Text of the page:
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Microsoft Revs Up Healthcare Artificial Intelligence Projects

Microsoft is hoping to anchor itself as a leading researcher and vendor of machine learning and artificial intelligence offerings for the healthcare industry.

Artificial intelligence in healthcare

Source: Thinkstock

- Microsoft is getting very serious about bringing artificial intelligence into the healthcare system, launching a brand new research division and several development projects with provider groups and vendor partners.

The company, better known for its personal computing pursuits, is hoping to use the 2017 HIMSS Conference and Exhibition in Orlando as a springboard for promoting its new activities, including a partnership with the University of Pittsburg Medical Center (UPMC) focused on using AI to reduce physician burnout, improve productivity, and streamline health IT workflows.

UPMC plans to pair its research prowess with Microsoft’s technology to focus on refining clinicians’ interactions with health IT tools, making it quicker, easier, and less intrusive to leverage electronic health records and other common systems for care quality improvement.

“Despite UPMC’s efforts to stay on the leading edge of technology, too often our clinicians and patients feel as though they’re serving the technology rather than the other way around,” said Dr. Steven D. Shapiro, chief medical and scientific officer of UPMC and president of UPMC Health Services Division.

“With Microsoft, we have a shared vision of empowering clinicians by reducing the burden of electronic ‘paperwork’ and allowing the doctor to focus on the sacred doctor-patient relationship.  Our planned partnership with Microsoft will help us transform the delivery of care and wellness in a way that was never possible before.”

The project is the first in a long line of healthcare-focused research initiatives applying machine learning and artificial intelligence principles to everything from patient engagement and business intelligence to predictive analytics and genomics. 

The company’s new research arm, called Healthcare NExT, will focus primarily on product development and forging partnerships with members of the care continuum.

“We are incredibly energized about the opportunities to make a difference in health care,” said Peter Lee, Microsoft Research NExT Corporate VP, in a blog post. “We’ve been listening carefully to our customers and partners within the health care sector, and we’ve heard their message: Let’s work together, innovate together and create solutions that can empower people to lead healthier lives.”

“Today, we are expanding our commitment to building a healthier future with new initiatives and solutions, making it easier for health industry partners and organizations to use intelligent technology to improve the lives of people around the world.”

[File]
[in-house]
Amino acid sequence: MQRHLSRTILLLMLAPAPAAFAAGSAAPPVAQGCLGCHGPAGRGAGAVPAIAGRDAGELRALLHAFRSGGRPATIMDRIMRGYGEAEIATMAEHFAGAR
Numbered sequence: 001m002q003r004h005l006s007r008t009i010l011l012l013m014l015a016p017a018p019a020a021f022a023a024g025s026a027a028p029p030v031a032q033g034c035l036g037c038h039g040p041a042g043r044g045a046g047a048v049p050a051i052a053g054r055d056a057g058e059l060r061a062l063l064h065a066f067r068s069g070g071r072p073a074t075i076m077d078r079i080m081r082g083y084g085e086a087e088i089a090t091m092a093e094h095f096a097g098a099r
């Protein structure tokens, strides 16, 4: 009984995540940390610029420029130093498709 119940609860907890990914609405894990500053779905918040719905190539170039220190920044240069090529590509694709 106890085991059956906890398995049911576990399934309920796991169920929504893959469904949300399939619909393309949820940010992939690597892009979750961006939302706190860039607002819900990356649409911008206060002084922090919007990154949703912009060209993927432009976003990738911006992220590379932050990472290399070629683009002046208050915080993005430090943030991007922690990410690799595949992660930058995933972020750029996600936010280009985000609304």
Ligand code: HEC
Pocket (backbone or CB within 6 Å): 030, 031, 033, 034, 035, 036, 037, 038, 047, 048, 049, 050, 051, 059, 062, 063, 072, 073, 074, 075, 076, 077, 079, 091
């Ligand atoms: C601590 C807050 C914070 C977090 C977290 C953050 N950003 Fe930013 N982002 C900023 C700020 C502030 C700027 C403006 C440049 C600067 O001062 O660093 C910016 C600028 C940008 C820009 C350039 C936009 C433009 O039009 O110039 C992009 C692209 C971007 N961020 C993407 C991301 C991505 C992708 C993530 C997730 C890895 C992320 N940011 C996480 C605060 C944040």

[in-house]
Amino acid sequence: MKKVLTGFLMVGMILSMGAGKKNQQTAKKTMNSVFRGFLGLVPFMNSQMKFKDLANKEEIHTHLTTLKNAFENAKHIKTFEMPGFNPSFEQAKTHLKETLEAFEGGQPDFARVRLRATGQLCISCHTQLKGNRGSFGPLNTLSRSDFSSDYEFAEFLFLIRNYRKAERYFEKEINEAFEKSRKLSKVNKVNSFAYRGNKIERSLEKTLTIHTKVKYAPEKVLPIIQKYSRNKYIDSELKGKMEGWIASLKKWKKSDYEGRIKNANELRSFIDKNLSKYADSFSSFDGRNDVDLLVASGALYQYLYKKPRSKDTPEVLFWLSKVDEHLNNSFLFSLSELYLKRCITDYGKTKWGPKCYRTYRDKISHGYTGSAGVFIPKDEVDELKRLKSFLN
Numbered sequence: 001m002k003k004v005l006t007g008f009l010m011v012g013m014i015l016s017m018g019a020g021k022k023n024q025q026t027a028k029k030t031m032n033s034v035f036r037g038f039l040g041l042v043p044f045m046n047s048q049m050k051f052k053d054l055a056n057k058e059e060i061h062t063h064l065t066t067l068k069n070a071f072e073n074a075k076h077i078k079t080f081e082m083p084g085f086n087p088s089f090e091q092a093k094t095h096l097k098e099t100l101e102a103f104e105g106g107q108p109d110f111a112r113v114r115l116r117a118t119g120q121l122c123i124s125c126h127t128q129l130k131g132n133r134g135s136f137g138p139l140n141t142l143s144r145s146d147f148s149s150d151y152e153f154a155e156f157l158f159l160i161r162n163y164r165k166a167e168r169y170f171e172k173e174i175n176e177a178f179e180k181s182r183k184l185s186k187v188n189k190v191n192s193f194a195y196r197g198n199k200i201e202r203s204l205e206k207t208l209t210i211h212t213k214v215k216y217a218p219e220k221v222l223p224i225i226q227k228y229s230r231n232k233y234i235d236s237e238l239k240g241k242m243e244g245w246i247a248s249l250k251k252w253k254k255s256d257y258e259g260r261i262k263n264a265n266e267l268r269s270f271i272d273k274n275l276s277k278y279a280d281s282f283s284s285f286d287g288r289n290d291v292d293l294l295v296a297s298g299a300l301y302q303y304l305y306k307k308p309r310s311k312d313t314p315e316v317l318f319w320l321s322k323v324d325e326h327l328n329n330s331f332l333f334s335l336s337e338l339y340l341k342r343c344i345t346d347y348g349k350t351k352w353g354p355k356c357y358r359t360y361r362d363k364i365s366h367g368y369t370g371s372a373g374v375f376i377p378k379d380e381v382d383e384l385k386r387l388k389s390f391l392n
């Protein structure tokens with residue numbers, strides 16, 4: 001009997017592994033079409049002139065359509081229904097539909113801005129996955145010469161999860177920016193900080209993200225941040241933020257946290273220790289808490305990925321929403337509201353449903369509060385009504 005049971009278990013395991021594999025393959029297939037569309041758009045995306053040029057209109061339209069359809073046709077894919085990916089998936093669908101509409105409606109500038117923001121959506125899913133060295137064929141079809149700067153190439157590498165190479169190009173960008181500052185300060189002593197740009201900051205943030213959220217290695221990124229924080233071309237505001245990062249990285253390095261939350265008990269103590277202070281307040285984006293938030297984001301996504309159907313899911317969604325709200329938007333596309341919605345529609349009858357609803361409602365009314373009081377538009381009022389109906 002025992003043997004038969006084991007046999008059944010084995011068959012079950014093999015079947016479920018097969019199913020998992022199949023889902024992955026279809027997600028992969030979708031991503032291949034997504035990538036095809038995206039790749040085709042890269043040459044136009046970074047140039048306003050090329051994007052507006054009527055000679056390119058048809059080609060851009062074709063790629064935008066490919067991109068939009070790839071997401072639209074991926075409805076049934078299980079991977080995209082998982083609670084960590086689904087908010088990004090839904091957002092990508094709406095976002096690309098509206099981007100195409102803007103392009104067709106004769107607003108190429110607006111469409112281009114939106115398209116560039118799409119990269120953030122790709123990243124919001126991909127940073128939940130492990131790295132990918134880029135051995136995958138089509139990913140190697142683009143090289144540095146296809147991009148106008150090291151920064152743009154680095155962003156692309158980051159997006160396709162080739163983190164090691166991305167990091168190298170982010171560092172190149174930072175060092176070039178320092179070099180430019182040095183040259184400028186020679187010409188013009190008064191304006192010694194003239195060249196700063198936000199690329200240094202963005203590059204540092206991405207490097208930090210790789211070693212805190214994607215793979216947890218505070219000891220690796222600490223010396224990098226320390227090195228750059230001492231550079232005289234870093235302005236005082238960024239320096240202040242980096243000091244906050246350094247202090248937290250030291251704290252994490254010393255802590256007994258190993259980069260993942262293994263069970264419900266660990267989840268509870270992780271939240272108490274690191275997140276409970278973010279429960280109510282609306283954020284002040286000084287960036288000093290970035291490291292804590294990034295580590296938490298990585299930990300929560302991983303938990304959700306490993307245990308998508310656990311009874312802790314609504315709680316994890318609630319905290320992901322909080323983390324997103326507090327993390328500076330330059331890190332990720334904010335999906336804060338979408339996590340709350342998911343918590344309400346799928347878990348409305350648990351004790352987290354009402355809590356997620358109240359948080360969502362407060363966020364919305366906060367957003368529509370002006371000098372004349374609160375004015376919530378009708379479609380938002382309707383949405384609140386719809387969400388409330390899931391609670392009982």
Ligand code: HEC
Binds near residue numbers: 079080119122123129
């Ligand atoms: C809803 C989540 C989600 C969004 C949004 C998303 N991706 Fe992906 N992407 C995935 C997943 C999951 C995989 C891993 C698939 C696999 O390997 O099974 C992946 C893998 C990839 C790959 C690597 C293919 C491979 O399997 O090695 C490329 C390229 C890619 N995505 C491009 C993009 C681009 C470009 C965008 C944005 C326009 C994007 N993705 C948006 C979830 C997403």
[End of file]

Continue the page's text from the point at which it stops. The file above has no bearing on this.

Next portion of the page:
Healthcare NExT is also working to revitalize Microsoft’s HealthVault personal health record (PHR) offerings with an analytical bent.  The HealthVault Insights project will allow users to “generate new insights about patient health, drive adherence to care plans and encourage patient engagement powered by the latest scientific advances in machine learning,” said Lee.

Other projects include virtual visit capabilities through Skype, acquired in 2011 for $8.5 billion, and a health chatbot, which will allow partners, including MDLIVE and Premera Blue Cross, to triage patients more efficiently and provide information for simple queries without involving a human.

At the end of 2016, Microsoft debuted an international machine learning and artificial intelligence research collaborative that aims to improve vision care and prevent blindness for patients in India and elsewhere. 

And earlier that year, it announced new initiatives in imaging analytics, cognitive computing, and precision medicine, all harnessing similar technologies to support more intelligent care.

“We believe that the most impactful data-driven solutions will go beyond analytics, and will include built-in intelligence that augments an organization’s capabilities in exciting new ways,” wrote Joseph Siroch, Corporate Vice President of the Data Group at Microsoft in a blog post introducing the company’s new Cortana Intelligence products in April 2016.

“Imagine a world where nurses and doctors use remote monitoring solutions not only to analyze a patient’s vitals such as blood pressure, weight and heart-rate, but also to interpret a patient’s mood based on speech and tone analysis during a scheduled phone conversation,” he said. “Technology like this could help augment their diagnosis to better predict and prevent emergencies and have real impact on the wellbeing of the patient.”

UPMC will be intimately involved in developing and refining this vision for the future, and will take point on some of Healthcare NExT’s first projects.  Products will be built and piloted at the healthcare system with the help of UPMC Enterprises, the network’s commercialization department.

“UPMC has a long history of applying technology ‘the right way’ and bringing innovations to market,” said Tal Heppenstall, President of UPMC Enterprises. “With Microsoft’s vision and technological ingenuity, our planned, multi-year collaboration has the potential to help us deliver vastly better care and a better patient experience at a lower cost—the ‘Triple Aim’ of health care.” 

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